About 40 people, including a dozen kids from Grades 1 to 5, joined a picket line outside the York Region District School Board offices in Aurora, spokeswoman Christine Marrin said.
Parents are concerned that Wi-Fi could be exposing their children to radiation six hours a day, five days a week, for 40 weeks of the year, she said.
"There have been no studies on children to determine whether that level of exposure for that length of time is safe," said Marrin.
Earlier this year, the World Health Organization warned about a possible link between radiation from wireless devices such as cellphones and cancer.
Some believe wireless access to the Internet could pose similar risks. But while Health Canada cautioned parents to limit the use of cellphones by children, it said that based on scientific evidence, low-level exposure to Wi-Fi is not dangerous.
Marrin says it's too early to make that determination.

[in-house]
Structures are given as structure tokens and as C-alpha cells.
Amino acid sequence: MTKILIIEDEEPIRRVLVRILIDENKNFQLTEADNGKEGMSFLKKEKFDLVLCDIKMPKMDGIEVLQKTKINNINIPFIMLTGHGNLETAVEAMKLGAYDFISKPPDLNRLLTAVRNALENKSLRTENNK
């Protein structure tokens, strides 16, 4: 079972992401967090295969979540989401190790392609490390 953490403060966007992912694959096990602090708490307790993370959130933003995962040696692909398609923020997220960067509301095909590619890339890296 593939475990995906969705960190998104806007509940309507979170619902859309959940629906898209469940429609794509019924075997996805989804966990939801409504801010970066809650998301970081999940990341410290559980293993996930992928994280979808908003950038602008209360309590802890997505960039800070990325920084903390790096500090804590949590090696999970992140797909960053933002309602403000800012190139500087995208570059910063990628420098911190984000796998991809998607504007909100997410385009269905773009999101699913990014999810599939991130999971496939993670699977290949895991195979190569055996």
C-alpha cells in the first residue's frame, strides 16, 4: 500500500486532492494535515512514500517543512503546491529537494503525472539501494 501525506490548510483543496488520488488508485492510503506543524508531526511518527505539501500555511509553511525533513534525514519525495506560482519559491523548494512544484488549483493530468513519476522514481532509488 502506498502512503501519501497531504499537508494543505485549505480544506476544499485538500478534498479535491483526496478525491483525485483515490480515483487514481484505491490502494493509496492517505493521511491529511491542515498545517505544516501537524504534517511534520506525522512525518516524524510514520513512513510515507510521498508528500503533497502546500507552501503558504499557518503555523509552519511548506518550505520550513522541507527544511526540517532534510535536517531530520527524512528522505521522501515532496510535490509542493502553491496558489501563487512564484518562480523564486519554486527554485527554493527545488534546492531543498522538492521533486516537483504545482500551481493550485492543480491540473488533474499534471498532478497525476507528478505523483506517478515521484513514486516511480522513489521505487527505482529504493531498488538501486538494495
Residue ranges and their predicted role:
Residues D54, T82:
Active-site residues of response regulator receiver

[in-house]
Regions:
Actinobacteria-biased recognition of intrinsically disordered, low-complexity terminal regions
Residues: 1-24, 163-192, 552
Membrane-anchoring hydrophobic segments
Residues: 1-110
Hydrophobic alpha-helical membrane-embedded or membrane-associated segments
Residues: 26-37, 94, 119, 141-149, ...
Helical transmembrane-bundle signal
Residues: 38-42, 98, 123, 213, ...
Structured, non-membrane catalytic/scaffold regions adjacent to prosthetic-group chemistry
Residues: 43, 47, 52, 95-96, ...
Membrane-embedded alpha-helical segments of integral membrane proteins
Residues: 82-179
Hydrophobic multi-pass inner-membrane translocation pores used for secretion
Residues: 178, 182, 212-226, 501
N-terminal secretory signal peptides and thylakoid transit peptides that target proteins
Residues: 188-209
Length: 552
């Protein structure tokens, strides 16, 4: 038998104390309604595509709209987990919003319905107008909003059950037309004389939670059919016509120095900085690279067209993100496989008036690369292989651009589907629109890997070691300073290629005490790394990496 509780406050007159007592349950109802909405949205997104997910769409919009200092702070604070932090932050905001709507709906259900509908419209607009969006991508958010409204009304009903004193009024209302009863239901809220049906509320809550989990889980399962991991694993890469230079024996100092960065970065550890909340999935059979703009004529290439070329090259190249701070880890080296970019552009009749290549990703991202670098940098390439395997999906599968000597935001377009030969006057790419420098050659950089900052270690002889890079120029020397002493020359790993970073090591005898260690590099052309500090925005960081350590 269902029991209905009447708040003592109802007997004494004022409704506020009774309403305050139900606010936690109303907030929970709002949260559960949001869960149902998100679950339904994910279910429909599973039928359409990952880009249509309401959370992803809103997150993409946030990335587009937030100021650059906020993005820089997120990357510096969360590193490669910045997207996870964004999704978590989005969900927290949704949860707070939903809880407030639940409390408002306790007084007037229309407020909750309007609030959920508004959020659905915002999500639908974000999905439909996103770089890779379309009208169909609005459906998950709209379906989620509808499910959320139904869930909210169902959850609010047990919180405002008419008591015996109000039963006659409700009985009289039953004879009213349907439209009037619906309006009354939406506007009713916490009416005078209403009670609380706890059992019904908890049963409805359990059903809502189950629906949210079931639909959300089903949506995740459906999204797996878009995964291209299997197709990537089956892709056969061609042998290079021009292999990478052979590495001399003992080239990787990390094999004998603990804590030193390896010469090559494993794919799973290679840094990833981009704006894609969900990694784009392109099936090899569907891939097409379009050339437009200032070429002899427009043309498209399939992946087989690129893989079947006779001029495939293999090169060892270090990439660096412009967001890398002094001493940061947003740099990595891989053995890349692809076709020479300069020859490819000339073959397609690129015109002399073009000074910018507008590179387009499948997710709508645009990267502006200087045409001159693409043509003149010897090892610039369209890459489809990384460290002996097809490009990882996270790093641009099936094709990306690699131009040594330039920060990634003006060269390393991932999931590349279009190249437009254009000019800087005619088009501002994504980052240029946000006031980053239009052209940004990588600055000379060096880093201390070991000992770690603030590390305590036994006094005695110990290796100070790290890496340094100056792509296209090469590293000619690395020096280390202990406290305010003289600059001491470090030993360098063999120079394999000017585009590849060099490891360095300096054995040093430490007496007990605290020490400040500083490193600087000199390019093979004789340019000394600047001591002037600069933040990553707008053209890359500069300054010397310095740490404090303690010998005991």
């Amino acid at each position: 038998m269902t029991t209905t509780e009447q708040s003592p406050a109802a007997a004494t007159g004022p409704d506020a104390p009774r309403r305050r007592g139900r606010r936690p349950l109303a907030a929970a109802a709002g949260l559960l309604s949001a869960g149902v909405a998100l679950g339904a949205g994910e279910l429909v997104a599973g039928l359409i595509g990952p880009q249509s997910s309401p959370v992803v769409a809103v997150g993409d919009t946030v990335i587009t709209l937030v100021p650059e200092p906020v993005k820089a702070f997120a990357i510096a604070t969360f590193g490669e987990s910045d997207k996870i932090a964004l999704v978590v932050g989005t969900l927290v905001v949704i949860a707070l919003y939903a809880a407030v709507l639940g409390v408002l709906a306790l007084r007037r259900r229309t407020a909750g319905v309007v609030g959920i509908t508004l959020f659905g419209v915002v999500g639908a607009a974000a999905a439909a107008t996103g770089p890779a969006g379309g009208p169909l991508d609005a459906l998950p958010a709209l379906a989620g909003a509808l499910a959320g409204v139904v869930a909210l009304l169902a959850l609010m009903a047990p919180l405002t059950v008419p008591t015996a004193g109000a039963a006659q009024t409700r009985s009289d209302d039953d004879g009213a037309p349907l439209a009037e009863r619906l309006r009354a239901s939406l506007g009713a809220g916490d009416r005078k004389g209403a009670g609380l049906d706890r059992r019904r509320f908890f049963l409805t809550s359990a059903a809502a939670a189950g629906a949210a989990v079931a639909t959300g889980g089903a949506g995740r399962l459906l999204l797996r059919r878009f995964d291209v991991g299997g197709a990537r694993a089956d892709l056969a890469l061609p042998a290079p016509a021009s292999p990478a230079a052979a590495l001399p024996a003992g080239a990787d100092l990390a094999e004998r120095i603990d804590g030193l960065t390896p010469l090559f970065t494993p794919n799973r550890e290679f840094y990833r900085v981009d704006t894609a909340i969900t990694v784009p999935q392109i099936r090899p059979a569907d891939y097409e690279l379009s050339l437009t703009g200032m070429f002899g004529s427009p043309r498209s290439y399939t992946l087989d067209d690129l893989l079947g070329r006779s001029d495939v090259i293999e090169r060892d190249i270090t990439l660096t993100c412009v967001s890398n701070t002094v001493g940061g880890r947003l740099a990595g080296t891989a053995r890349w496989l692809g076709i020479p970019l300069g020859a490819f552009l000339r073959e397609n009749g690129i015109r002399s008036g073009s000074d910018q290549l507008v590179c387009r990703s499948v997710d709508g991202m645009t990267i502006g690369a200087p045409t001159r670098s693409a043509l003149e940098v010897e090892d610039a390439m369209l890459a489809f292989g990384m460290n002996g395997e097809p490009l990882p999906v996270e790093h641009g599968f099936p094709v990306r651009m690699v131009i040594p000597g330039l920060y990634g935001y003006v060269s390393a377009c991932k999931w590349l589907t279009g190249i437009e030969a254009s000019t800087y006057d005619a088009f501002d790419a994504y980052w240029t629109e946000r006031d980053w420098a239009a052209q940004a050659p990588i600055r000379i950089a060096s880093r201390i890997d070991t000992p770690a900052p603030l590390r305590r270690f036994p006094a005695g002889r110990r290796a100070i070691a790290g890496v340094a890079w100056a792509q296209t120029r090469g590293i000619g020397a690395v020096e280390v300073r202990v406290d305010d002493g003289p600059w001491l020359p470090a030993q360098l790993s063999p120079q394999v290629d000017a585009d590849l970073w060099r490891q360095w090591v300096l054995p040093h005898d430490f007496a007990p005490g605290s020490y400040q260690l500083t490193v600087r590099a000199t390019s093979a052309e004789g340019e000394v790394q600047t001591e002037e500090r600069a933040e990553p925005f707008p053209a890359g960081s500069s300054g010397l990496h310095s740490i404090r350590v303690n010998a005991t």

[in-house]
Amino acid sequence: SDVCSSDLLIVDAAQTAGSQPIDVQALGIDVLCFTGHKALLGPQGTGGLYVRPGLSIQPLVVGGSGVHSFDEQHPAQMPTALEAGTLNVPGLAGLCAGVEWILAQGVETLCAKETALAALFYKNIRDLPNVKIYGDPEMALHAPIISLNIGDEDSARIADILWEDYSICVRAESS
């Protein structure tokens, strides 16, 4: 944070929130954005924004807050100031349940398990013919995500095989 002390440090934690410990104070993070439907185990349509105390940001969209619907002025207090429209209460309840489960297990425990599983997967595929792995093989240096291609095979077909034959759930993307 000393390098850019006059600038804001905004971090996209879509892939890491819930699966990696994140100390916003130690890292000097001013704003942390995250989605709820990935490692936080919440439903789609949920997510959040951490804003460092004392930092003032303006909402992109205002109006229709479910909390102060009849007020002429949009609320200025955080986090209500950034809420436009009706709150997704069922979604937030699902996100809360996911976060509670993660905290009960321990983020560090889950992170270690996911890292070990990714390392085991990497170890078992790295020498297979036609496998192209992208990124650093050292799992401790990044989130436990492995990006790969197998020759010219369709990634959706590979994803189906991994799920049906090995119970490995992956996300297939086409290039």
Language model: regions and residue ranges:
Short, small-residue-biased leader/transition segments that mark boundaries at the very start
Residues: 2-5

"This is the first generation of children that has been in that particular learning environment, so how Health Canada can say that it's safe is really quite a mystery to us," she said.
The Ontario government said in June it would examine the WHO warning but wouldn't take any immediate action to require warnings on wireless devices. The legislative buildings in Toronto will themselves soon have Wi-Fi.
Ontario Education Minister Laurel Broten says it's up to school boards in the province to make decisions about whether to use Wi-Fi or not.
"The best available information clearly indicates at this point in time that it is safe," said Broten.
"I am not a scientist but I can tell you it is important to us that our schools are safe and we believe that school boards each and every day make decisions to make sure that kids are safe in their schools."
NDP Leader Andrea Horwath says she realizes many parents are concerned about the issue.
"It's worth keeping an eye on," she said.
Some Canadian private schools and at least one public school board in British Columbia have removed or strictly limited Wi-Fi due to safety concerns. But York Region and many other public school boards across Canada continue to use it.
"They are very firm in their position, they are standing behind Health Canada's assertion that Wi-Fi is safe for children. Of course, we disagree," said Marrin, adding the concerned parents have been asking for a face-to-face meeting with the York board.